88 is not the most consistent Actress album to date, but it is probably the wonkiest. Parts of it sound like relics from the analog era; others sound like nothing else on earth.
Jessy Lanza's All the Time is a lush and spacious collection that shows a hard-fought mental clarity, a deliberate effort to resist the instincts on display on "VV Violence" in pursuit of digging deeper into oneself.
Electronic music is one of the broadest reaching genres by design, and 2015 showcased that spectacularly well with a bevy of albums still heavily represented on playlists today.
As an artist who loves surprises, Photay ensures no two tracks sound the same. Pick a random track from his discography, press play, and let the love of it all sweep through you.
The most impressive thing about Nahash's Flowers of the Revolution is that it's so unabashedly political despite being almost devoid of vocals. The politics come through in the struggle of contrasting elements.
Experimental sound artist Evicshen brings uniquely crafted dissonance to her striking debut LP Hair Birth.
Populous produces coolly electronic tracks that range from dreamy to pure dancefloor, pulling sounds from Argentina, Brazil, Japan, Mexico, and Mangia's home country of Italy.
Electronic composer GS Sultan's Music for a Living Water is experimental but also warm and highly accessible.
Despite its reverence for the roots of house music, an appealing eeriness blows through electronic producer Shinichi Atobe's Yes like a salty sea breeze.
On Wicked City, UK art-pop duo Jockstrap run through a gamut of styles and sounds, sometimes gracefully, sometimes forcefully, but always seductively.
Because it occasionally breaks new ground, Daniel Avery's Love + Light avoids being an afterthought from start to finish. The best moments here are generally the hardest-hitting ones.
Alice Ivy walks a fine line between chillwave cool and Big Beat freakouts, and her 2018 debut record was an electropop wonder. Now, in the middle of a pandemic, she tries to keep the good vibes going with a new record decked out in endless collaborations.
PC Nackt kicks off a unique series of recordings dedicated to creating new music by "plundering" unexpected historical sources such as classical piano pieces or chamber orchestra music.
Regis' music often feels so distorted, so twisted out of shape, even the most human moments feel modular. Voices become indistinguishable from machines on Hidden in This Is the Light That You Miss.
100 gecs' follow up their debut with a "remix album" stuffed with features, remixes, covers, and a couple of new recordings. But don't worry, it's just as blissfully difficult as their debut.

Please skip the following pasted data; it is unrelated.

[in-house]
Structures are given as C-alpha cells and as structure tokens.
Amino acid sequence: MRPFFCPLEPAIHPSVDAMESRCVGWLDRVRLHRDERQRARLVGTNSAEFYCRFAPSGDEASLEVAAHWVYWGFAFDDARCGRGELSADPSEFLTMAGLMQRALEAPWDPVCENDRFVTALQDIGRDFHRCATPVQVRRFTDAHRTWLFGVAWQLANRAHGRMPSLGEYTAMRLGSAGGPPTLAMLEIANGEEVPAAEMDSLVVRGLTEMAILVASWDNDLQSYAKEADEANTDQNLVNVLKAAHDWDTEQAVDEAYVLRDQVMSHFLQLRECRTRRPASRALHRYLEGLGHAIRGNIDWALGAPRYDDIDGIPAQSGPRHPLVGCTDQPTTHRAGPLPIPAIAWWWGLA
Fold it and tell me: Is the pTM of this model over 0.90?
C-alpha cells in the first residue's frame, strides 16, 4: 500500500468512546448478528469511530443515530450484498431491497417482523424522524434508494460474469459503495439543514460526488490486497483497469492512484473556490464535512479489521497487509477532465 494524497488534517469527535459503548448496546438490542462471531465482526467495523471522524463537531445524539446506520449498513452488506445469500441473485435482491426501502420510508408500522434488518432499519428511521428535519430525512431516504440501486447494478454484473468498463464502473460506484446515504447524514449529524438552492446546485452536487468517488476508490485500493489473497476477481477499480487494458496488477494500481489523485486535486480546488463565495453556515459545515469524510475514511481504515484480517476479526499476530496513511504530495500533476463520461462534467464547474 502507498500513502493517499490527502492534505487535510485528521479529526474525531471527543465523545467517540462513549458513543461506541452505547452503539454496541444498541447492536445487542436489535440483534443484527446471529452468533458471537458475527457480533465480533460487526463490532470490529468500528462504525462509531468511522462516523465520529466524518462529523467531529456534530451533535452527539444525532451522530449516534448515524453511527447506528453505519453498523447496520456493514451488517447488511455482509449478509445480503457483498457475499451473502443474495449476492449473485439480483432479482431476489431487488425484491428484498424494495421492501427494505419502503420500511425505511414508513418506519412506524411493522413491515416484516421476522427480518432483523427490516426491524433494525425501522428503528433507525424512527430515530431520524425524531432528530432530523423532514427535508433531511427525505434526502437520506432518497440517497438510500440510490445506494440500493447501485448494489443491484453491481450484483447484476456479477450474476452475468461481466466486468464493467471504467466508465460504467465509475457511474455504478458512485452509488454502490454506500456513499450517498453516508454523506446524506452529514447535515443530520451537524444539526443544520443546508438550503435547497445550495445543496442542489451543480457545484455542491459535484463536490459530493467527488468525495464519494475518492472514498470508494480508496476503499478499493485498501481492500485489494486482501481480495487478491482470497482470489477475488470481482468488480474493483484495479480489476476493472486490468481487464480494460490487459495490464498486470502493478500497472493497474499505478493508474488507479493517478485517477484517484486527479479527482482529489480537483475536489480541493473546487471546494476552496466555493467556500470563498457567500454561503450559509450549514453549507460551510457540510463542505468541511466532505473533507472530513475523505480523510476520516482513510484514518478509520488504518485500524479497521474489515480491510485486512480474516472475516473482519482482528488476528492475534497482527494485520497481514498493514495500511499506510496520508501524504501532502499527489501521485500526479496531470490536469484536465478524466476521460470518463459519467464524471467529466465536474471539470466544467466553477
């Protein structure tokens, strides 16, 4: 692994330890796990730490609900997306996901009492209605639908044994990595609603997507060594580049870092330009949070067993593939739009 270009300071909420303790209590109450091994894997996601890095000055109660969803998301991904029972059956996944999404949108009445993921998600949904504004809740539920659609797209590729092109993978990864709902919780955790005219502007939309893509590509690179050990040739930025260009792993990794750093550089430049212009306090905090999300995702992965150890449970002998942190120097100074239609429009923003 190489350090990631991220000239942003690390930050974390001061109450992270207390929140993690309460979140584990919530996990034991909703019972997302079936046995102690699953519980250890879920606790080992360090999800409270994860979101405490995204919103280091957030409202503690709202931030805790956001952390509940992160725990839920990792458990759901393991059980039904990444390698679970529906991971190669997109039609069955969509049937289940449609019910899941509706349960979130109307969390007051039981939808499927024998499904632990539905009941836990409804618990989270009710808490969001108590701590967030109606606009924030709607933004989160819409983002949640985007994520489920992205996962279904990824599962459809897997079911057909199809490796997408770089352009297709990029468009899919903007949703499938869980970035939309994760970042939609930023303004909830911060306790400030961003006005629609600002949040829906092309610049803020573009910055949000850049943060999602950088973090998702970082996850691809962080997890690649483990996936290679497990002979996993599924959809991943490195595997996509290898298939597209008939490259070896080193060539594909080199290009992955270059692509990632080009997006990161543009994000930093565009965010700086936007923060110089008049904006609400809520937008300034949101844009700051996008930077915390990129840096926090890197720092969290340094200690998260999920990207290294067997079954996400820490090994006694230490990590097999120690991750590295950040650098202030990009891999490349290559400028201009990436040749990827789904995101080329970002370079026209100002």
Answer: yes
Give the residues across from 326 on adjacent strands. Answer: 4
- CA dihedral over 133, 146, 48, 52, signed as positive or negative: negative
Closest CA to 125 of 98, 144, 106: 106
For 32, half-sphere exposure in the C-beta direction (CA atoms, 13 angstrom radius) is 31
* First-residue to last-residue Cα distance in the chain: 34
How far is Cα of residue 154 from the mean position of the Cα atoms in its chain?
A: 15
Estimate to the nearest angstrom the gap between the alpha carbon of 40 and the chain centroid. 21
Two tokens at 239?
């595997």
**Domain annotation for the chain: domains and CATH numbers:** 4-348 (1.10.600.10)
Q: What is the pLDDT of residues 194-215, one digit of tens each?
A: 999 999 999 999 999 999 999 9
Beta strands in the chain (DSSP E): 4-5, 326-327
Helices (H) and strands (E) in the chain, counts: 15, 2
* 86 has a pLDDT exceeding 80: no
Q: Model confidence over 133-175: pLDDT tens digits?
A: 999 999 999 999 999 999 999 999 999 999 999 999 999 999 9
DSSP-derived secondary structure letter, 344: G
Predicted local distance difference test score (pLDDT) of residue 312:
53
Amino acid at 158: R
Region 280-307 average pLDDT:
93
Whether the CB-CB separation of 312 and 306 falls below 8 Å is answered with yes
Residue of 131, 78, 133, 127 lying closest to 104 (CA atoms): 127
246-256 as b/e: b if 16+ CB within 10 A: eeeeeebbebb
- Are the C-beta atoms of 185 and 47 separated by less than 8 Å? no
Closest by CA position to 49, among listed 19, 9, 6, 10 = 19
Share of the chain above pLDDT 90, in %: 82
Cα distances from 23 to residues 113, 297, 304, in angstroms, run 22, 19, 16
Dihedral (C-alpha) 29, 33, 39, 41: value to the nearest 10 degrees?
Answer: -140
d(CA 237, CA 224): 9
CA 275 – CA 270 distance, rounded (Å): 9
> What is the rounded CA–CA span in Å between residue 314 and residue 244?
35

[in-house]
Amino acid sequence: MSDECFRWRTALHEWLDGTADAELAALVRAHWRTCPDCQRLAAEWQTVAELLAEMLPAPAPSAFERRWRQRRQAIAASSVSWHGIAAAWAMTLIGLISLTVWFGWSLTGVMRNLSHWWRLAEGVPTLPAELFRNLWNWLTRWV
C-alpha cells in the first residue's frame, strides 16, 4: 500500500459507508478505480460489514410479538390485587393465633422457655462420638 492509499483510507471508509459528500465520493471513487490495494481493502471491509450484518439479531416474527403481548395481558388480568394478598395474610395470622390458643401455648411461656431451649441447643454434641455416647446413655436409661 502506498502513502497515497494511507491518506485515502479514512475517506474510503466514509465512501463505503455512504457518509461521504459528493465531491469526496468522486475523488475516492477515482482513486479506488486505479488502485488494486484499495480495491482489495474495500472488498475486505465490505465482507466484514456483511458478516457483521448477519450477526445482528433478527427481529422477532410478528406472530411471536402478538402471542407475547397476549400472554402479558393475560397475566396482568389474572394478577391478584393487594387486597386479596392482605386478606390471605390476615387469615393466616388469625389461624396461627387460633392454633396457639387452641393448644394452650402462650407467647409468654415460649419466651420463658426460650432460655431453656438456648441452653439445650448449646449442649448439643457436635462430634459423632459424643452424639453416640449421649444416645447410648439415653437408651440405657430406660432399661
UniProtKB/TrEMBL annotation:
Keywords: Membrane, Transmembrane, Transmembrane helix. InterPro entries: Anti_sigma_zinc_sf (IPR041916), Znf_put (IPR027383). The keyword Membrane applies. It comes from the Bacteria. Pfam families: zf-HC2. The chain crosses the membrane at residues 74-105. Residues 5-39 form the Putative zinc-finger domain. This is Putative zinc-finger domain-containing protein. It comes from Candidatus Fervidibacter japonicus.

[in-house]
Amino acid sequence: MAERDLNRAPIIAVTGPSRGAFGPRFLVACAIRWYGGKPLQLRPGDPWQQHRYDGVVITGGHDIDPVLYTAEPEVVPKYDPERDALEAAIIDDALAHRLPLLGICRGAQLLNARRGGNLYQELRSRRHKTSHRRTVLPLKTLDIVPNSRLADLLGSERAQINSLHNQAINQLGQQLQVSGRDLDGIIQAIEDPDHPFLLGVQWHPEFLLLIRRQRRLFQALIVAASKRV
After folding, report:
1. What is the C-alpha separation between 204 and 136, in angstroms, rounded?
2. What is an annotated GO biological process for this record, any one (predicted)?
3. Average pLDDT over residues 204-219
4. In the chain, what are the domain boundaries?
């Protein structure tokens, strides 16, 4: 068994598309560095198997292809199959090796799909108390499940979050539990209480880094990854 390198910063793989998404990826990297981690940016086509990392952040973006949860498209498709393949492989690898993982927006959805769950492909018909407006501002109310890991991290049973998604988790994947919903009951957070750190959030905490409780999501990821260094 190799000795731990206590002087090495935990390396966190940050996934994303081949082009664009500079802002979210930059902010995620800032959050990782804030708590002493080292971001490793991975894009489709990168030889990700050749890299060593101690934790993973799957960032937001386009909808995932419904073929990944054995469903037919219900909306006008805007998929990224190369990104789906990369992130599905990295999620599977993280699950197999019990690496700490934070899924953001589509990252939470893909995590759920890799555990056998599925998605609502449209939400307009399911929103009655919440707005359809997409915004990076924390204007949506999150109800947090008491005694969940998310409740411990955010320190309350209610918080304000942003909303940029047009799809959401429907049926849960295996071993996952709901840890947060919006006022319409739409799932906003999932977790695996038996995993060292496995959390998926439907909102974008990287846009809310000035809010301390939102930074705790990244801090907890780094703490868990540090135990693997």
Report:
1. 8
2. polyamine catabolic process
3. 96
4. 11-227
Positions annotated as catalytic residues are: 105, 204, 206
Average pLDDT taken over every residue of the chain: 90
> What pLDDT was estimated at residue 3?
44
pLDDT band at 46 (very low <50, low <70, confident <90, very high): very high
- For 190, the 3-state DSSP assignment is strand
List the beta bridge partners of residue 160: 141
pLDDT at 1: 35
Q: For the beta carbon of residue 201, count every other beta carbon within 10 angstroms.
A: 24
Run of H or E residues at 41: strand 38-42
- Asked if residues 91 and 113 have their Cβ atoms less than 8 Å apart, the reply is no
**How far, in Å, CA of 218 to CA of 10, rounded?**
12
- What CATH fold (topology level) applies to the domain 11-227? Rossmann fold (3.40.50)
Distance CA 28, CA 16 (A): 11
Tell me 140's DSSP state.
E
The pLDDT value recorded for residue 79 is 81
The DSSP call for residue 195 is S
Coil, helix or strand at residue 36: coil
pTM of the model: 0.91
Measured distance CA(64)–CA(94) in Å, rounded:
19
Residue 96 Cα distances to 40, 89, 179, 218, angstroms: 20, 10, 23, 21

On Half Price at 3:30, Art Feynman again proves himself adept at building colorful worlds from unexpected and well-placed aural flourishes.
Experimental electronic artist Gábor Lázár spins his wheels with a new album that's intermittently exciting but often lacking in variety.
Listeners who prefer dense rock/pop timbres will no doubt prefer Mikal Cronin's 'Seeker'. However, 'Switched-On Seeker' will surely delight fans of smaller-scale electronic filters.
Britsh trio IYEARA offer the first taste of a forthcoming reworking of Mark Lanegan's Somebody's Knocking with a remix of "Playing Nero".
Amnesia Scanner's Tearless aesthetically maps the failing Anthropocene through its globally connected features and experimental mesh of deconstructed club, reggaeton, and metalcore.
On Céu's APKÁ!, blissful interpretations of late-night dance music styles and high-heat MPB make for a multidimensional album of soulful energy, replete with her effortless sophistication.
Mourning [A] BLKstar's The Cycle is necessary, secular gospel for the healing of a truly damaged nation. Their music somehow sounds like salvation.
Beats producer Mux Mool returns with Skulltaste II, ten years after the first and delivers the banging new single "Latest Sulk" as his statement of intent.
Down Into Light feels like the album Lee Jones was always born to make. He's always had a lightness of touch, but here, his touch is more delicate than ever.
Symbiosis shows Nathalie Bruno (Drift.) wiping the mascara, leaving the dance floor, and striking out for solitude, occasionally dragging a few beats with her.
Stereolab spin-off project, Cavern of Anti-Matter thrive in alchemizing varied and abstruse influences to elicit transfixing moments of frazzled disquiet and dread on In Fabric.
Drew Daniel: "Trump has weaponized a kind of insincere, smarmy trolling manner. I didn't want music that similarly relied upon that stance. I wanted something that was, in a way, the opposite. Something that felt affirmative and warm."
On the instrumental version of last year's Flamagra, Flying Lotus makes conspicuous variety feel coherent and ordered.
Experimental Taiwanese group Mong Tong draw on mysticism and arcade games for their darkly psychedelic debut album Mystery.
Chromeo's Quarantine Casanova is the light-hearted silver lining we all need in the dark cloud that we are all facing together.
The brilliant London trio Benin City return with the hard-hitting new track "Hostiles" that articulates what it means to be Black in the 21st century.
Drab City combine sultry vocals, superlative songwriting, vibraphone chords, twangy guitar, and shadowy atmospherics to conjure an intense trip-hop fever dream on Good Songs for Bad People.
Matmos' Drew Daniels rebrands his solo work to meet the trying times, offering up an ambient techno classic for the ages under his Soft Pink Truth moniker.
Maurice Fulton (BOOF) is a maestro of production value, adept at so many different sub-genres, and he's been at it for so long that he seems guaranteed not to fail. Almost 30 years since "Gypsy Woman", Rebirth of Gerberdaisy affirms all his gifts.
Electronic music of the sort that Photay creates doesn't typically have much to say lyrically, but on Waking Hours, Photay has a message, and he gives the human voice much more space than ever before.